All that to set up this surprising piece from, of all people, Maureen Dowd, who asks a Catholic priest to answer the "Why God?" question in response to the killings that have saturated the news in the last couple of weeks.
His words are words we can all learn from:
How does one celebrate Christmas with the fresh memory of 20 children and 7 adults ruthlessly murdered in Newtown; with the searing image from Webster of firemen rushing to save lives ensnared in a burning house by a maniac who wrote that his favorite activity was “killing people”? How can we celebrate the love of a God become flesh when God doesn’t seem to do the loving thing? If we believe, as we do, that God is all-powerful and all-knowing, why doesn’t He use this knowledge and power for good in the face of the evils that touch our lives?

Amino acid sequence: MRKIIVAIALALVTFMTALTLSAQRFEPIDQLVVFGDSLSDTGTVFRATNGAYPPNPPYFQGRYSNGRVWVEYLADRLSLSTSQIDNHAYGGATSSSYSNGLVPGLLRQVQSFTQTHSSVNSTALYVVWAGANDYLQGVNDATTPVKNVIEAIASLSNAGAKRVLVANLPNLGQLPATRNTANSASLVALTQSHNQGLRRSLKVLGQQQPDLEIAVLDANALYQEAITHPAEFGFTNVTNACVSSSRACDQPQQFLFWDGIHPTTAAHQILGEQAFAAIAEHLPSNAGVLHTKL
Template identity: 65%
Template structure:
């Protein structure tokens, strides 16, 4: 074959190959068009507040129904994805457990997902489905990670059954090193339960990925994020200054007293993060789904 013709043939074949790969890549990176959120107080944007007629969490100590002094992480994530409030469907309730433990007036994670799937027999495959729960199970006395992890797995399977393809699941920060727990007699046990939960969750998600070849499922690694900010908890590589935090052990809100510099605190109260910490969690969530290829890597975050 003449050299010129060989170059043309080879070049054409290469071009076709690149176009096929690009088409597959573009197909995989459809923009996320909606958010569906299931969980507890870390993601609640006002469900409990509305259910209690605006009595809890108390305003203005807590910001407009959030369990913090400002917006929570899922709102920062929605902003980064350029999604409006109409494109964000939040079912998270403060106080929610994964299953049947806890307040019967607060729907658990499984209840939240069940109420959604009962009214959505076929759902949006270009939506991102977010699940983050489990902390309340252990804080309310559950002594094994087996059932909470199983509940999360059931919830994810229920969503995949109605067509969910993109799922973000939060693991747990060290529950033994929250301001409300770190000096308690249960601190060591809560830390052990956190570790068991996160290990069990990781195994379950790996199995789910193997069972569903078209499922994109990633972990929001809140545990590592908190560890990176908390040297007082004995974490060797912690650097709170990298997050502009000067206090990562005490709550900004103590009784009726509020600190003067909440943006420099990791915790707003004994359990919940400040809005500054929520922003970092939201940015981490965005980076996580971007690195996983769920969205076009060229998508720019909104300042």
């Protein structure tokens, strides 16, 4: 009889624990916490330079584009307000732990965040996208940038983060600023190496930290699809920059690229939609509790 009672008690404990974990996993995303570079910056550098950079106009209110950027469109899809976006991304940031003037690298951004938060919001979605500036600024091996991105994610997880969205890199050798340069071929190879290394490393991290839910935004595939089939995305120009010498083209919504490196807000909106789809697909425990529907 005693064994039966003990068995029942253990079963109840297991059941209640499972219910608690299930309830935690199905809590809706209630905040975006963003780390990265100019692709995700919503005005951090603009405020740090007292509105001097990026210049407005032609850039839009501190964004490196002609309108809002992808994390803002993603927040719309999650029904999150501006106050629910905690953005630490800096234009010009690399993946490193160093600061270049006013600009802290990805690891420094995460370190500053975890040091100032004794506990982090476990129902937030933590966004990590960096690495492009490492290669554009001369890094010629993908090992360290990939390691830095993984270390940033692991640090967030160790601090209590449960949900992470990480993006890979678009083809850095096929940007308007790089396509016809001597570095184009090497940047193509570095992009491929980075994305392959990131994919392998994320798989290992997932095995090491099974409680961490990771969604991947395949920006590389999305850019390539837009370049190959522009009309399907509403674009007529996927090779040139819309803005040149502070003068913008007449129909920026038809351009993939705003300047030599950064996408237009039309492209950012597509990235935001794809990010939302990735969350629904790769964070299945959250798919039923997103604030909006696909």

The killings on the cusp of Christmas in quiet, little East Coast towns stirred a 30-year-old memory from my first months as a priest in parish ministry in Boston. I was awakened during the night and called to Brigham and Women’s Hospital because a girl of 3 had died. The family was from Peru. My Spanish was passable at best. When I arrived, the little girl’s mother was holding her lifeless body and family members encircled her.